[1]     Angew. Chem, 2019, doi/10.1002/anie.201810583

[2]     Angew. Chem., 2020, doi: 10.1002/anie.202001148 

[3]     Nature Energy, 2020, 5, 79-88.

[4]     Nature Commun, 2020, https://doi.org/10.1038/s41467-020-15993-4.

[5]     Science, 2021, 374, 621.

[6]     Adv. Mater., 2022, 34 (10), 2106776.

[7]     Nature Commun, 2023, articles/s41467-023-35830-8



Prof. Radha Boya - Ionic selectivity and memory under angstrom-scale confinementHide

Monday, 3rd of June 2024
12:15 o'clock ZOOM and Lecture Hall: H33, INF/AI

Prof. Radha Boya, University of Manchester, Manchester, UK

Ionic selectivity and memory under angstrom-scale confinement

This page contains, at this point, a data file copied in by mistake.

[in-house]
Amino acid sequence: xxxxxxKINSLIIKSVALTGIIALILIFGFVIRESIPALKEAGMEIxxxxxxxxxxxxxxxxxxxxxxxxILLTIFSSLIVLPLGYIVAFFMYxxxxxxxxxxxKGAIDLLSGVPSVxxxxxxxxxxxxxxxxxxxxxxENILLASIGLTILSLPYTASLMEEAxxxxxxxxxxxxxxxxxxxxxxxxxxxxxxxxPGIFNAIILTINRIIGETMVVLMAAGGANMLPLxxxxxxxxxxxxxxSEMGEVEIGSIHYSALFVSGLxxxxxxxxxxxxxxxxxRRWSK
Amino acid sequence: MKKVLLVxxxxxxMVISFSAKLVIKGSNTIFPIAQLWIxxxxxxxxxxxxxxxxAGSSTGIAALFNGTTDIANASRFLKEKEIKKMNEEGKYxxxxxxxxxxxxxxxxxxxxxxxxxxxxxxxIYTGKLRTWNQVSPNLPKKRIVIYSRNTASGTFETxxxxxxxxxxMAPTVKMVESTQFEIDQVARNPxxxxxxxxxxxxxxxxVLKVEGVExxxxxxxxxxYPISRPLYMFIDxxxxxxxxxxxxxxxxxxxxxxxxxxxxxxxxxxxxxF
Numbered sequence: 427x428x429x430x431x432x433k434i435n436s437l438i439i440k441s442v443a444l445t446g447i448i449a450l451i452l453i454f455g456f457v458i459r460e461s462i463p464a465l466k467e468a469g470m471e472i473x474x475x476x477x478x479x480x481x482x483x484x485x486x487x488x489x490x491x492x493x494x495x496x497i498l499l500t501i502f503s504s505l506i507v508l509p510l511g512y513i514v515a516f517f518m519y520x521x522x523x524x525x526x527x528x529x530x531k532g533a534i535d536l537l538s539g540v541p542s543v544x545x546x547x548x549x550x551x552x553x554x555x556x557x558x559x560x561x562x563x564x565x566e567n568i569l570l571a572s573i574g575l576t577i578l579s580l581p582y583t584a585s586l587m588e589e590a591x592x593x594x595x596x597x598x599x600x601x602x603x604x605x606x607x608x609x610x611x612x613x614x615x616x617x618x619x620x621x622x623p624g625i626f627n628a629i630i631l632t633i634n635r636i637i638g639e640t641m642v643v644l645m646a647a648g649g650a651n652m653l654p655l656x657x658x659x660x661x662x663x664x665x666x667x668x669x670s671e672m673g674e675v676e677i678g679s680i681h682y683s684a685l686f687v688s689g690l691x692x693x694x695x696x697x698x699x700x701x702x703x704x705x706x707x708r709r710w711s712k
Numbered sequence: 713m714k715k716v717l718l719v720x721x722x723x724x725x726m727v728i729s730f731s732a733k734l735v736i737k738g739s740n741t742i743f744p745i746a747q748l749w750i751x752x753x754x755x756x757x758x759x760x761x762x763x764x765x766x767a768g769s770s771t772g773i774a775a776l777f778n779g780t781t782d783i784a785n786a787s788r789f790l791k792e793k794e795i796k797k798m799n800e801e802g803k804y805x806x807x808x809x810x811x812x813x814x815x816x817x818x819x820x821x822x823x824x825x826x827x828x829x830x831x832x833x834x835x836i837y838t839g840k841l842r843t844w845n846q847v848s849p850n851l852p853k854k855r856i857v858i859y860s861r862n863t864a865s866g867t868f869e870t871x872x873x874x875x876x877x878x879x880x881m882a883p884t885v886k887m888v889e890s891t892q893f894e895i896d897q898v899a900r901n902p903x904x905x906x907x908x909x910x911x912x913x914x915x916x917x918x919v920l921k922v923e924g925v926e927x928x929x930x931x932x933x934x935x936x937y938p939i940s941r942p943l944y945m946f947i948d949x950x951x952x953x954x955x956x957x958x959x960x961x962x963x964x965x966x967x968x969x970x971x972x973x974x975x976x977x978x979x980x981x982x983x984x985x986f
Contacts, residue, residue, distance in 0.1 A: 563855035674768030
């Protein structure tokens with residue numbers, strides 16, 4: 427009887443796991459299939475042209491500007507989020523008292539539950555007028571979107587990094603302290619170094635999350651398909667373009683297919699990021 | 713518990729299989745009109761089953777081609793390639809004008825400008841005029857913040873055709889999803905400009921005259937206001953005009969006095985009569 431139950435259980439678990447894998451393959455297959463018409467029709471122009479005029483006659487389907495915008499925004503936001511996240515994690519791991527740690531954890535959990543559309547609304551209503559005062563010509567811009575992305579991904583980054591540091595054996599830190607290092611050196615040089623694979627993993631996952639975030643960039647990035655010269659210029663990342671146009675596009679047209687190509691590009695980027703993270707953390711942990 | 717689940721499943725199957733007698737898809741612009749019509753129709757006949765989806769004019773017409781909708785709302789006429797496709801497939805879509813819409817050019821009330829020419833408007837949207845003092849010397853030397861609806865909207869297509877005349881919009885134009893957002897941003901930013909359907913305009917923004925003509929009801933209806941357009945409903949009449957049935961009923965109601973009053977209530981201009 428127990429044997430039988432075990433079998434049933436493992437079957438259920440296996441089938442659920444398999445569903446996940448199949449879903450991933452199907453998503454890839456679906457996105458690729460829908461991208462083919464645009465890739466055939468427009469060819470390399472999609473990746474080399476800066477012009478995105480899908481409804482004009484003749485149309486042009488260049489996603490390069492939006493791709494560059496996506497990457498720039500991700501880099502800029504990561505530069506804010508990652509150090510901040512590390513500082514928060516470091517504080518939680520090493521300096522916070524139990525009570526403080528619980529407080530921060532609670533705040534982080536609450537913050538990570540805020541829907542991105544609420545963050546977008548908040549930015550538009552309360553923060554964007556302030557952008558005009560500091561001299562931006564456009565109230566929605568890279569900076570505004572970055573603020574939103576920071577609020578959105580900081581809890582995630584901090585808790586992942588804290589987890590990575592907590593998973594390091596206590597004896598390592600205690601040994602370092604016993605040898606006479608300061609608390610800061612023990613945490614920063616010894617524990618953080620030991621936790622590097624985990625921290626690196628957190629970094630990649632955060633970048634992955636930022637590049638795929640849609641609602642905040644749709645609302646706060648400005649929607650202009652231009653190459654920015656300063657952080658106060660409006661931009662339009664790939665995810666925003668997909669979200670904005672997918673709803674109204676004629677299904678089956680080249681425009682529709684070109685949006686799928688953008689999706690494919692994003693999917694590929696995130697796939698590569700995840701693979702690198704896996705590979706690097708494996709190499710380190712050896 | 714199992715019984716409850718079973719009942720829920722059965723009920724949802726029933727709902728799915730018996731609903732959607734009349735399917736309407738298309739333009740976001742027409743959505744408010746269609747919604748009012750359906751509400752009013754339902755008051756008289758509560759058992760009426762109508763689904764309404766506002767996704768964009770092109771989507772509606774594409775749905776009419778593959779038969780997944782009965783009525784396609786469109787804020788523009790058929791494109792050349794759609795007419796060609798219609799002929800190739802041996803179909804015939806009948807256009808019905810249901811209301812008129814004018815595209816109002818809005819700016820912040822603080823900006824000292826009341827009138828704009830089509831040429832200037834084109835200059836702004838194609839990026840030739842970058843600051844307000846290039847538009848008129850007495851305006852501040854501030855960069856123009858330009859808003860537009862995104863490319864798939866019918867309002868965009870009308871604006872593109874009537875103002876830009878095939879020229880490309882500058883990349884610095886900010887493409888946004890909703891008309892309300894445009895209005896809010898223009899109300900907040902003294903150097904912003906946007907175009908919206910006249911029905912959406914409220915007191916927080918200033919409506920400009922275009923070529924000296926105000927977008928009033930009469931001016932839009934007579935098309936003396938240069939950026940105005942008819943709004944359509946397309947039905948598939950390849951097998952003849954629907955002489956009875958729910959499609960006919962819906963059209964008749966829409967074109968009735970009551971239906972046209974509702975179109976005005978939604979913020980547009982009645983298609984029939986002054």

Understanding molecular transport in nano/angstrom scale channels has practical relevance in applications such as membrane desalination, blue energy, supercapacitors and batteries, as well as in understanding ionic flow through biological channels. Synthetic Å-channels are now a reality with the emergence of several cutting-edge bottom-up and top-down fabrication methods. In particular, the use of atomically thin 2D-materials and nanotubes as components to build fluidic conduits has pushed the limits of fabrication to the Å-scale. In this talk, I will discuss about angstrom (Å)-scale capillaries which are rectangular slit-shaped channels and are created by extracting one-atomic layer out of a crystal [1].